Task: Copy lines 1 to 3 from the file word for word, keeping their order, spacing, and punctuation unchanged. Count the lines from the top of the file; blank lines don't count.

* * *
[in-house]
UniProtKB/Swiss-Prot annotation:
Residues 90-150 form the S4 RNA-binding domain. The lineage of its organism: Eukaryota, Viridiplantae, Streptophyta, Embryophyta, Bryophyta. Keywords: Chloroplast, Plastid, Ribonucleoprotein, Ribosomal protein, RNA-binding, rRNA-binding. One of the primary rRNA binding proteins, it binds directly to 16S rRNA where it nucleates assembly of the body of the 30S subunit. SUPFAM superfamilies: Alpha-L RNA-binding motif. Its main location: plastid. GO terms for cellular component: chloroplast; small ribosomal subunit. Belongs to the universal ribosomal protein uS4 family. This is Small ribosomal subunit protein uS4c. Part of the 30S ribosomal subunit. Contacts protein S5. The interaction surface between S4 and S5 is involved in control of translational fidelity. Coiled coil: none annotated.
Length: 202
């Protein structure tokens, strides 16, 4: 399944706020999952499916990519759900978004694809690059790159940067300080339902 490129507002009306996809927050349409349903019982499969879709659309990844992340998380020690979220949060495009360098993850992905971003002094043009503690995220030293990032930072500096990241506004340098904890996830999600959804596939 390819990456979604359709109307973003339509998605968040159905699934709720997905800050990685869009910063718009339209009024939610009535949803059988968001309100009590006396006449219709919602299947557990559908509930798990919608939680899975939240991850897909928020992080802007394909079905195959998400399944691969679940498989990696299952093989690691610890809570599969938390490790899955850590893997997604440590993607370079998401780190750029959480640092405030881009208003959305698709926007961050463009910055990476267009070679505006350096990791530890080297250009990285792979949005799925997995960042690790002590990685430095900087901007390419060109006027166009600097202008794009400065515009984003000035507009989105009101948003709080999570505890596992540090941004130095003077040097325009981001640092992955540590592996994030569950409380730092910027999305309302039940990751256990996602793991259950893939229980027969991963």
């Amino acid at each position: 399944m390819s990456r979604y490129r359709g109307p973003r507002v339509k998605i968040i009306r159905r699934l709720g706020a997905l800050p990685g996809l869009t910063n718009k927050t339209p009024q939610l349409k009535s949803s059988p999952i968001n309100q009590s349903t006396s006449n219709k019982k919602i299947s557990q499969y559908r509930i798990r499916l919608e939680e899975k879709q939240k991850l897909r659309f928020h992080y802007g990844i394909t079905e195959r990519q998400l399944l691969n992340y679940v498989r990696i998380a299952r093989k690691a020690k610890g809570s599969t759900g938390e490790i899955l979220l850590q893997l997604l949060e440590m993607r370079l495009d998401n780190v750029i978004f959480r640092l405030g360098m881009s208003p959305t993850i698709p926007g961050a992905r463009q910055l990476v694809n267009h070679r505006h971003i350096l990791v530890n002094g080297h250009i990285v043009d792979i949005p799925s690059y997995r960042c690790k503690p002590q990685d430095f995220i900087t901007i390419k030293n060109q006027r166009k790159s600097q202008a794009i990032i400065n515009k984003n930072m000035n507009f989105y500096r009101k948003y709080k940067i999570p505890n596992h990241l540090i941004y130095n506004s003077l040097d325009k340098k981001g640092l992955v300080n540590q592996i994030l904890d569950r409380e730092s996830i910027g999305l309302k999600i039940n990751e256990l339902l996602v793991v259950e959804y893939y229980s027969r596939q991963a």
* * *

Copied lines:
[in-house]
UniProtKB/Swiss-Prot annotation:
Residues 90-150 form the S4 RNA-binding domain. The lineage of its organism: Eukaryota, Viridiplantae, Streptophyta, Embryophyta, Bryophyta. Keywords: Chloroplast, Plastid, Ribonucleoprotein, Ribosomal protein, RNA-binding, rRNA-binding. One of the primary rRNA binding proteins, it binds directly to 16S rRNA where it nucleates assembly of the body of the 30S subunit. SUPFAM superfamilies: Alpha-L RNA-binding motif. Its main location: plastid. GO terms for cellular component: chloroplast; small ribosomal subunit. Belongs to the universal ribosomal protein uS4 family. This is Small ribosomal subunit protein uS4c. Part of the 30S ribosomal subunit. Contacts protein S5. The interaction surface between S4 and S5 is involved in control of translational fidelity. Coiled coil: none annotated.